Stevie Don Jackson, Petitioner-appellant, v. Gary L. Johnson, Director, Texas Department of Criminal Justice, Institutional Division, Respondent-appellee, 217 F.3d 360 (5th Cir. 2000)

Annotate this Case
U.S. Court of Appeals for the Fifth Circuit - 217 F.3d 360 (5th Cir. 2000)

July 18, 2000Rehearing Denied Aug. 21, 2000


Appeal from the United States District Court for the Eastern District of Texas

Before WIENER and STEWART, Circuit Judges, and LITTLE,*  District Judge.

WIENER, Circuit Judge:


Petitioner-Appellant Stevie Don Jackson was convicted of aggravated assaulted in Texas state court. After his application for a federal writ of habeas corpus was denied by the district court, we granted a certificate of appealability on the issue "whether Jackson's attorney rendered ineffective assistance of counsel because he failed to file a timely motion for rehearing from Jackson's first appeal of right." Concluding that the failure of Jackson's counsel to file a motion for rehearing or, alternately, to inform him of his right to file such a motion pro se did not constitute denial of the Sixth Amendment's guarantee of the right to effective counsel, we affirm the district court's denial of Jackson's application for habeas relief.

* Implicit Wavier of Teague by the State

The retroactivity principle established by the Supreme Court in Teague v. Lane1  "prevents a federal court from granting habeas relief to a state prisoner based on a rule announced after his conviction and sentence became final."2  In this case, Texas implicitly waived a Teague defense to Jackson's habeas petition by failing to raise the issue in the district court. Nevertheless, for the first time on appeal Texas urges us to apply Teague to Jackson's petition. We conclude that, absent compelling reasons to the contrary, a federal court should apply Teague even when it has been implicitly waived by the State.

A federal court has the power to consider a Teague defense even when it has not been advanced by the State.3  We have been confronted with the issue whether to apply Teague despite the State's failure to argue it at least three times. On one of those occasions we exercised our discretion to apply Teague "because it was the primary reason given by the district court for its judgment"4  and on another we did so "in the interests of finality and judicial economy."5  On the one occasion that we declined to exercise our discretion to apply Teague, we did so because, in light of a number of extraordinary circumstances, "it was not possible for [the defendant] to raise [his claim] on direct appeal."6  Eventhough these decisions clearly reaffirm our power to raise Teague sua sponte, they provide little explanation and thus little guidance concerning the circumstances under which the discretionary post-waiver application of Teague is proper.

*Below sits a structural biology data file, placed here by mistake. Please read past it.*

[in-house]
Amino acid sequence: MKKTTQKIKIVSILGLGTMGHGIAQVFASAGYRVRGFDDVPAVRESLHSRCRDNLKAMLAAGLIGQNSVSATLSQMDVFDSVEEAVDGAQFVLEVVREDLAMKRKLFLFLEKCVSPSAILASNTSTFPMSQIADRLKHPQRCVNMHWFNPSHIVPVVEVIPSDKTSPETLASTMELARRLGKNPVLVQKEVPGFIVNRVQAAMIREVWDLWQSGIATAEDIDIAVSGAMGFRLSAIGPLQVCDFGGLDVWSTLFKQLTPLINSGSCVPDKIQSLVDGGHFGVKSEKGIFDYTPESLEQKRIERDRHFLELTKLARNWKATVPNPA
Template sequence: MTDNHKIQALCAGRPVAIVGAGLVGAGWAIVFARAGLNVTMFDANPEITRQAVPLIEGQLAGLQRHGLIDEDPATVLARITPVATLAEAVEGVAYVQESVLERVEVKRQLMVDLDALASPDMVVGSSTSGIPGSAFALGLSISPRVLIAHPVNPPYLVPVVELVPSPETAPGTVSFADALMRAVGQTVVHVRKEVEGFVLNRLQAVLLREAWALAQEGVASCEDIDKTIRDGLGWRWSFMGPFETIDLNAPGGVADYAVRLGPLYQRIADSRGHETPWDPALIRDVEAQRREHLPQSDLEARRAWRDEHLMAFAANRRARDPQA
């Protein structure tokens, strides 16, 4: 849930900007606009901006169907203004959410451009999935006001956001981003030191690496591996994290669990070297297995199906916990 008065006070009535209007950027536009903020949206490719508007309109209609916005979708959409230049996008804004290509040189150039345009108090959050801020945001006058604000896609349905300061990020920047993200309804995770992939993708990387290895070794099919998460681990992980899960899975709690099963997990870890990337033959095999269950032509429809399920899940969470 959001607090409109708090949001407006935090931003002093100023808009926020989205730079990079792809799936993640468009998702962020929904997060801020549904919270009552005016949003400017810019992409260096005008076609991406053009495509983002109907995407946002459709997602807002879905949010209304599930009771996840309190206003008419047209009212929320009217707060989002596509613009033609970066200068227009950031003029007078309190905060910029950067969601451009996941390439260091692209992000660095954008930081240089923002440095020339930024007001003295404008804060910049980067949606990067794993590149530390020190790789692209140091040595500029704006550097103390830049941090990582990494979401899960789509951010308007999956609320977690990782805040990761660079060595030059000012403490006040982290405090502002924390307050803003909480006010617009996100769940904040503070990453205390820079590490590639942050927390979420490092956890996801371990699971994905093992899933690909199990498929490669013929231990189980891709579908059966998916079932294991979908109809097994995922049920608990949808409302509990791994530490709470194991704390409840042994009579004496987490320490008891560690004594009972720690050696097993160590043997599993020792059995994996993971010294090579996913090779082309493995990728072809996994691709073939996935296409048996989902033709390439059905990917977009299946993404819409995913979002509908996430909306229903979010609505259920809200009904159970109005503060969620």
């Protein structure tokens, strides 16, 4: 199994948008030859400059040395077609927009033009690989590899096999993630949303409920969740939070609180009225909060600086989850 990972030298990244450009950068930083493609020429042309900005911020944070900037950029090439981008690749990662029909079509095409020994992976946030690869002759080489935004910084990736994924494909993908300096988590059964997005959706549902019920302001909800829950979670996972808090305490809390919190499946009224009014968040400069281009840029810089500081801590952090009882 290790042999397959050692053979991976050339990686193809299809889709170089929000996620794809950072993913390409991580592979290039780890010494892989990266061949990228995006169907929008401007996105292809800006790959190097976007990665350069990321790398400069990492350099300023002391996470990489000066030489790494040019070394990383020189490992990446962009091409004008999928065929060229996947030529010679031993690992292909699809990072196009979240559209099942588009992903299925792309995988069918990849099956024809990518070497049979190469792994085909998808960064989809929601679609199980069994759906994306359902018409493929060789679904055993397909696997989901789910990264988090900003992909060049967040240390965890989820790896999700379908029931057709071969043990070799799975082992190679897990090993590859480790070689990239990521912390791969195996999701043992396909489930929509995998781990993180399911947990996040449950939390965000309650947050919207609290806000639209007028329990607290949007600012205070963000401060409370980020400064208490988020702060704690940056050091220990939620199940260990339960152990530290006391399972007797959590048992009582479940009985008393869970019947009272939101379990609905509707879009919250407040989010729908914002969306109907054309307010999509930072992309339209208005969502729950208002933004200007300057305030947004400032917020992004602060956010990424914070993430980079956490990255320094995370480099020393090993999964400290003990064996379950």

The retroactivity principle established in Teague was motivated in the first instance by concerns about the evenhanded and uniform application of justice. Teague held that "new rules should always be applied retroactively to cases on direct review, but that generally they should not be applied retroactively to criminal cases on collateral review."7  The Court recognized that because direct and collateral review play markedly different institutional roles within our system of justice, each involves different fairness and policy concerns. The Court determined the appropriate retroactivity rule for each type of review "by focusing, in the first instance, on the nature, function, and scope of the adjudicatory process in which [each] arise [s]."8  The Court emphasized above all else the importance of applying the retroactivity rules uniformly and consistently within each class of appeals, so as to avoid an unjust "disparity in the treatment of similarly situated defendants."9